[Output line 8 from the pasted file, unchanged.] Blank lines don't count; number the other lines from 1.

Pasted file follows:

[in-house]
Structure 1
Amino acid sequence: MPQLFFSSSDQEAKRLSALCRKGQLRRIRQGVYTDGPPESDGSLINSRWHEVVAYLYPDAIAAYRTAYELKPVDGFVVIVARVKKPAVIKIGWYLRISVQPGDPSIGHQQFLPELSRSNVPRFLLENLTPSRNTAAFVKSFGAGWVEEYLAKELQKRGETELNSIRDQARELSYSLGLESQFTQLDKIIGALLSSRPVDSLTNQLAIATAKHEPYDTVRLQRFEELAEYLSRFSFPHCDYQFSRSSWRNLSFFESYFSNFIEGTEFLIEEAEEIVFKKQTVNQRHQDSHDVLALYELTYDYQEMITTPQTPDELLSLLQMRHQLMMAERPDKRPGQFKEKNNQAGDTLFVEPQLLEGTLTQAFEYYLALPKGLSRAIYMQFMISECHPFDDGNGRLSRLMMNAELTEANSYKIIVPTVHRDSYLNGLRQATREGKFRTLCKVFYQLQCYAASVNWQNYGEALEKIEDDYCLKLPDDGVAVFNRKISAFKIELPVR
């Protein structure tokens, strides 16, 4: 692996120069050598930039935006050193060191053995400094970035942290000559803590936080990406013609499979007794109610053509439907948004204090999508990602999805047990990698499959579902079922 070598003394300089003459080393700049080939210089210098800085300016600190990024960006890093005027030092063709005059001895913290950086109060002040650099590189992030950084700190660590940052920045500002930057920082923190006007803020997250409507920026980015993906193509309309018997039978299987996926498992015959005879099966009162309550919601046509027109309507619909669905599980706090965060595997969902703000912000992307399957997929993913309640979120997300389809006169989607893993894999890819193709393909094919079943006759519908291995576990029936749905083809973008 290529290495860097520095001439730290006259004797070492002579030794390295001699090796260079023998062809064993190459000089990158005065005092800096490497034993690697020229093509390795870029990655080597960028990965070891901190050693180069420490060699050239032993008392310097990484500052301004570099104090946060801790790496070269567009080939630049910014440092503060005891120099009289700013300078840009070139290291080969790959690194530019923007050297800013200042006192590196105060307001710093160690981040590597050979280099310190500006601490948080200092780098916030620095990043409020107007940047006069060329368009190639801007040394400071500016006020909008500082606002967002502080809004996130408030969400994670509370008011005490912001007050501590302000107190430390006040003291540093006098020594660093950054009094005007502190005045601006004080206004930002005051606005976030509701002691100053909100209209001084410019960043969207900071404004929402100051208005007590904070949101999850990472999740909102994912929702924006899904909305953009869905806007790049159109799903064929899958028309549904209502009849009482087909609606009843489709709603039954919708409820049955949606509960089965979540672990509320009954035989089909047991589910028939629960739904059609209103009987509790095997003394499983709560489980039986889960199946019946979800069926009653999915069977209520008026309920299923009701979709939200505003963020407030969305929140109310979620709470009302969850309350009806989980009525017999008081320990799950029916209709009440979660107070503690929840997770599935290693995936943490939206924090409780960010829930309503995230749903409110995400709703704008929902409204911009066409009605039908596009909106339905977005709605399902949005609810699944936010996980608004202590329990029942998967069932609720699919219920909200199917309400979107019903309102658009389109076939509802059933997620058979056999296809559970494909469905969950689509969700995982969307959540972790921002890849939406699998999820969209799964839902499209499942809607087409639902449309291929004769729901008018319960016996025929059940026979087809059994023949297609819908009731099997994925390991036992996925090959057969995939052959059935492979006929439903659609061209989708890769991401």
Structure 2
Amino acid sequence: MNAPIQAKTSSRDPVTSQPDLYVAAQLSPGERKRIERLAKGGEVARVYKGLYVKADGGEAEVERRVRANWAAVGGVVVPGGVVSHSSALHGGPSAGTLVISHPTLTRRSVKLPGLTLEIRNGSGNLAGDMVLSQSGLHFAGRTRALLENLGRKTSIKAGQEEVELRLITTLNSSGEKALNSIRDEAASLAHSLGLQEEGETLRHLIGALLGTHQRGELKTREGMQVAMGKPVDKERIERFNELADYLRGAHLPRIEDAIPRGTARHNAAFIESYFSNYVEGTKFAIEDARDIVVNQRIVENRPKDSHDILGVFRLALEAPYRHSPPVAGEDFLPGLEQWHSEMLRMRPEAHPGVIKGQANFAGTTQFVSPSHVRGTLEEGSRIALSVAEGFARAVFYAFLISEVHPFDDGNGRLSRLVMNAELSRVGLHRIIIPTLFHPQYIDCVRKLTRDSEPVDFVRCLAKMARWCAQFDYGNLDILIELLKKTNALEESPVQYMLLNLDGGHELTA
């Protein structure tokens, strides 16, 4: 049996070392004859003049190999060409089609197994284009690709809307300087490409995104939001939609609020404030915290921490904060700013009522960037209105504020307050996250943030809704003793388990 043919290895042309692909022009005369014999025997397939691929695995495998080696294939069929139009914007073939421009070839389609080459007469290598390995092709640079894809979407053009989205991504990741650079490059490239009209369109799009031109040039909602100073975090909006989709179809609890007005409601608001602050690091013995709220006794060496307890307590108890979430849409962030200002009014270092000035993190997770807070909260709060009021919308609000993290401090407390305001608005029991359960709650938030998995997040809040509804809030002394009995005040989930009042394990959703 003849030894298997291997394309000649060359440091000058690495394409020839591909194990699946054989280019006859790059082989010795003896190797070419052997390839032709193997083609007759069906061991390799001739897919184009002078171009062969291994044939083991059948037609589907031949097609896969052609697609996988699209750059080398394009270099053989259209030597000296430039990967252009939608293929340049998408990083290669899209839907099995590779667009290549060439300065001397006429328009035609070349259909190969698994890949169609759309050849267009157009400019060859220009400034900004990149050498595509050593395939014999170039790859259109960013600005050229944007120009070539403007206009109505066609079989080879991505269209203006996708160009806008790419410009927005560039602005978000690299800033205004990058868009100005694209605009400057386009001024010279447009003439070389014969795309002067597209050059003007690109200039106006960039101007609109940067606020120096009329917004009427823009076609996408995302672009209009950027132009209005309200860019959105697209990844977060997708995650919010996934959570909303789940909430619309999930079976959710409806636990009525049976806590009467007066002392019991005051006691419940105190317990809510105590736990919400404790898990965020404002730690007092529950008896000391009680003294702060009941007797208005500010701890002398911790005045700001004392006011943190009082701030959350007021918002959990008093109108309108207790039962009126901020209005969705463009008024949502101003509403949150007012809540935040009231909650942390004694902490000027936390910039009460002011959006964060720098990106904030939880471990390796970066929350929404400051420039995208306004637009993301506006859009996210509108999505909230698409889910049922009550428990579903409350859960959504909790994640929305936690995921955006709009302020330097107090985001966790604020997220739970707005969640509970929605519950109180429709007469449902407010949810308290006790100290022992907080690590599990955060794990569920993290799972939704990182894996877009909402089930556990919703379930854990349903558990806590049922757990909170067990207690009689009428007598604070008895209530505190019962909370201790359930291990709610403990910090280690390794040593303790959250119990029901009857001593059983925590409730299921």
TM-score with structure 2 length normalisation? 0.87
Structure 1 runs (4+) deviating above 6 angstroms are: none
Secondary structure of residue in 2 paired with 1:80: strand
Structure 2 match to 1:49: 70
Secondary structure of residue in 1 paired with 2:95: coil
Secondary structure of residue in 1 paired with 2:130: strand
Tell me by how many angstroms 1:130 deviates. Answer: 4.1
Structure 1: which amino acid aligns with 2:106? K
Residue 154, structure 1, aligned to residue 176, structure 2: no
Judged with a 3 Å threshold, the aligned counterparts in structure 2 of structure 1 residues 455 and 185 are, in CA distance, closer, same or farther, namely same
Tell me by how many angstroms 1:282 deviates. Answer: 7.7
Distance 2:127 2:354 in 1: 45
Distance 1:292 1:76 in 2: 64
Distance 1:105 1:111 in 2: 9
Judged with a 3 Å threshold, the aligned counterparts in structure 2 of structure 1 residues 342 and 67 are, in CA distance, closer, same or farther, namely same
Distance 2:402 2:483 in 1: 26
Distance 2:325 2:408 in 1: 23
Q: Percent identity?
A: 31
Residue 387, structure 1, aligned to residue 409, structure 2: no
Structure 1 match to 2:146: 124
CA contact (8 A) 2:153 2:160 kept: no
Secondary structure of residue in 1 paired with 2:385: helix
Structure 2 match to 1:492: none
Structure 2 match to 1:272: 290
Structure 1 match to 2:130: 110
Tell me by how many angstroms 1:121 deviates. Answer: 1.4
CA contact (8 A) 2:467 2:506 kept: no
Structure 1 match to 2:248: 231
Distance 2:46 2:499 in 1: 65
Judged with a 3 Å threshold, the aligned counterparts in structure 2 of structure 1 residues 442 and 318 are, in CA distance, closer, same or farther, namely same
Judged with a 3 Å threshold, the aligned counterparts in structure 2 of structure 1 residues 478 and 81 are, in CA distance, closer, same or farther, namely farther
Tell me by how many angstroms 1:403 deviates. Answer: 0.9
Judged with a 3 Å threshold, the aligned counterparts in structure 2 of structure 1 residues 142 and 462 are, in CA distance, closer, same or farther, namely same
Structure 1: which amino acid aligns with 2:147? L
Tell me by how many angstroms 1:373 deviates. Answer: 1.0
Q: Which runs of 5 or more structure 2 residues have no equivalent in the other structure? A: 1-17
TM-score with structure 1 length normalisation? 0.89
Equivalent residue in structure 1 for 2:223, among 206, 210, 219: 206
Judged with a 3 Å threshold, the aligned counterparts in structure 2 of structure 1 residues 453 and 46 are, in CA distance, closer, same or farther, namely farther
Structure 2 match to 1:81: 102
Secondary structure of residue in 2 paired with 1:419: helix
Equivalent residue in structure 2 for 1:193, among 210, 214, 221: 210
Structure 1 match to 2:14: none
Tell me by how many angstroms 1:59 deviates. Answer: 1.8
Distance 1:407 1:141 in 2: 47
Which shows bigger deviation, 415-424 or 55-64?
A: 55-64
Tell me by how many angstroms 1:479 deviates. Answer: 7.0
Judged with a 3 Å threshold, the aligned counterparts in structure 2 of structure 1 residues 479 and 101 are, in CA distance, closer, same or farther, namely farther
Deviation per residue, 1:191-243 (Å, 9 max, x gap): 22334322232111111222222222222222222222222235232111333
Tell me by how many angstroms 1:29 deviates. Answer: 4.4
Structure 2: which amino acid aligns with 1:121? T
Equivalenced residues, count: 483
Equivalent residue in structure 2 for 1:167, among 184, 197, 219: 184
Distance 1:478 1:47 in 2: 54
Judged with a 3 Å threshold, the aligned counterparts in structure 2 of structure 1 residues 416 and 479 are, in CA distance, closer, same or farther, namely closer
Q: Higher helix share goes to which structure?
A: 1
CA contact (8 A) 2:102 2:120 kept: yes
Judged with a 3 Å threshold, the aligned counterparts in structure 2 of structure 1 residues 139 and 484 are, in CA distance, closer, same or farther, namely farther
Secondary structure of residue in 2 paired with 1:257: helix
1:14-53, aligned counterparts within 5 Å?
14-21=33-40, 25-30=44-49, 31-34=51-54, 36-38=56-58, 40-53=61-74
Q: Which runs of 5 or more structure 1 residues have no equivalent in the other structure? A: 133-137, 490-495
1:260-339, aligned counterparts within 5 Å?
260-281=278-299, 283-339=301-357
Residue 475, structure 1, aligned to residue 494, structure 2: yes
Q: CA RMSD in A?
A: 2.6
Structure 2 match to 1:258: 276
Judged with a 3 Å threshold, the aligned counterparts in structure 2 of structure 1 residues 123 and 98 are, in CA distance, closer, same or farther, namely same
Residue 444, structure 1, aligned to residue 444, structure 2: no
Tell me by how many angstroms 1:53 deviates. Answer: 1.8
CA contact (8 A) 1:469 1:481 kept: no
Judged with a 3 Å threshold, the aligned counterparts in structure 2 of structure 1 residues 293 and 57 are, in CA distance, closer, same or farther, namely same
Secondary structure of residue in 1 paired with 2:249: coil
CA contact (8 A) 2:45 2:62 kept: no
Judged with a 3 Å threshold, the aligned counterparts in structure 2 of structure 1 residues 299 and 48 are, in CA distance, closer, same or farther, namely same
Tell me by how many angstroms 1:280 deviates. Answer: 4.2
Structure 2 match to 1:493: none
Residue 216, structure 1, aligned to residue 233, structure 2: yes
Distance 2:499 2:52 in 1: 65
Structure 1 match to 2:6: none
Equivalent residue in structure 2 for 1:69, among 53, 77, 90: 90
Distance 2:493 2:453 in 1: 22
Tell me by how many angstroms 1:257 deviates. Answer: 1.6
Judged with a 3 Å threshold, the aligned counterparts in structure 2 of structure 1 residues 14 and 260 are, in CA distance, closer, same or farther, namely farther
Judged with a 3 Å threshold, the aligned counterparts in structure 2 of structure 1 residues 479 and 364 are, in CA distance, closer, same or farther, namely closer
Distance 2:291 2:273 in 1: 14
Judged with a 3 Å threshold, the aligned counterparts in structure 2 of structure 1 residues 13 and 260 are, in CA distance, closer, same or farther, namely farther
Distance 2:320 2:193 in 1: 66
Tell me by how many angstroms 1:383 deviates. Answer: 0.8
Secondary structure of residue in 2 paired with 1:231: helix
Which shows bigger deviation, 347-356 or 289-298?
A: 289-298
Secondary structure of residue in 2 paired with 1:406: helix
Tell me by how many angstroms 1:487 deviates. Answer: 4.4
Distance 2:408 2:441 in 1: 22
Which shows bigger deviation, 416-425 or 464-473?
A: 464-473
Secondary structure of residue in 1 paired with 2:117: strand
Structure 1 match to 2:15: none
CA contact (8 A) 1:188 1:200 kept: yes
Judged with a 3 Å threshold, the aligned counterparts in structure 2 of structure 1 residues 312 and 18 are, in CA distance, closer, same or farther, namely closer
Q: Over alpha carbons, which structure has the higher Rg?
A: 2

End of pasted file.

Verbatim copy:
TM-score with structure 2 length normalisation? 0.87